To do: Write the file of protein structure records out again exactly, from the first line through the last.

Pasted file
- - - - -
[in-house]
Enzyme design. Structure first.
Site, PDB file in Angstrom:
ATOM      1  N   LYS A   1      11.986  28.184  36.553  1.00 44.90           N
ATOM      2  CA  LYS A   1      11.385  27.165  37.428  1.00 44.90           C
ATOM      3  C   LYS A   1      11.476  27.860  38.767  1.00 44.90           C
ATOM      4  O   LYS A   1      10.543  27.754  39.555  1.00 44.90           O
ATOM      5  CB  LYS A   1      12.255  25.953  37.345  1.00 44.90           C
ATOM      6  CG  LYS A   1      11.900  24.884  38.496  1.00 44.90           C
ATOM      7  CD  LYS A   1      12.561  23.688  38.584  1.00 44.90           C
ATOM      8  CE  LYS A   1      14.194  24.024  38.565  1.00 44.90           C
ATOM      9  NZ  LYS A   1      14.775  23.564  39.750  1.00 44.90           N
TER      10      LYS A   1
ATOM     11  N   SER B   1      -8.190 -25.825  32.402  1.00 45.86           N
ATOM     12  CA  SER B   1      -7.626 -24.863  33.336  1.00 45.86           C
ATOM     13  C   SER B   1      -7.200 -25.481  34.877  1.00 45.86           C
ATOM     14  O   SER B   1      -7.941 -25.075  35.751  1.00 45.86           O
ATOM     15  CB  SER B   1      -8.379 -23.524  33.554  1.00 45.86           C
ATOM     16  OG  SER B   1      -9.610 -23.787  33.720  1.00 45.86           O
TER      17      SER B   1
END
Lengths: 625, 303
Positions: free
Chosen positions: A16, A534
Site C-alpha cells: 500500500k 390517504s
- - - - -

[in-house]
Enzyme design. Structure first.
Site, PDB file in Angstrom:
ATOM      1  N   LYS A   1      11.986  28.184  36.553  1.00 44.90           N
ATOM      2  CA  LYS A   1      11.385  27.165  37.428  1.00 44.90           C
ATOM      3  C   LYS A   1      11.476  27.860  38.767  1.00 44.90           C
ATOM      4  O   LYS A   1      10.543  27.754  39.555  1.00 44.90           O
ATOM      5  CB  LYS A   1      12.255  25.953  37.345  1.00 44.90           C
ATOM      6  CG  LYS A   1      11.900  24.884  38.496  1.00 44.90           C
ATOM      7  CD  LYS A   1      12.561  23.688  38.584  1.00 44.90           C
ATOM      8  CE  LYS A   1      14.194  24.024  38.565  1.00 44.90           C
ATOM      9  NZ  LYS A   1      14.775  23.564  39.750  1.00 44.90           N
TER      10      LYS A   1
ATOM     11  N   SER B   1      -8.190 -25.825  32.402  1.00 45.86           N
ATOM     12  CA  SER B   1      -7.626 -24.863  33.336  1.00 45.86           C
ATOM     13  C   SER B   1      -7.200 -25.481  34.877  1.00 45.86           C
ATOM     14  O   SER B   1      -7.941 -25.075  35.751  1.00 45.86           O
ATOM     15  CB  SER B   1      -8.379 -23.524  33.554  1.00 45.86           C
ATOM     16  OG  SER B   1      -9.610 -23.787  33.720  1.00 45.86           O
TER      17      SER B   1
END
Lengths: 625, 303
Positions: free
Chosen positions: A16, A534
Site C-alpha cells: 500500500k 390517504s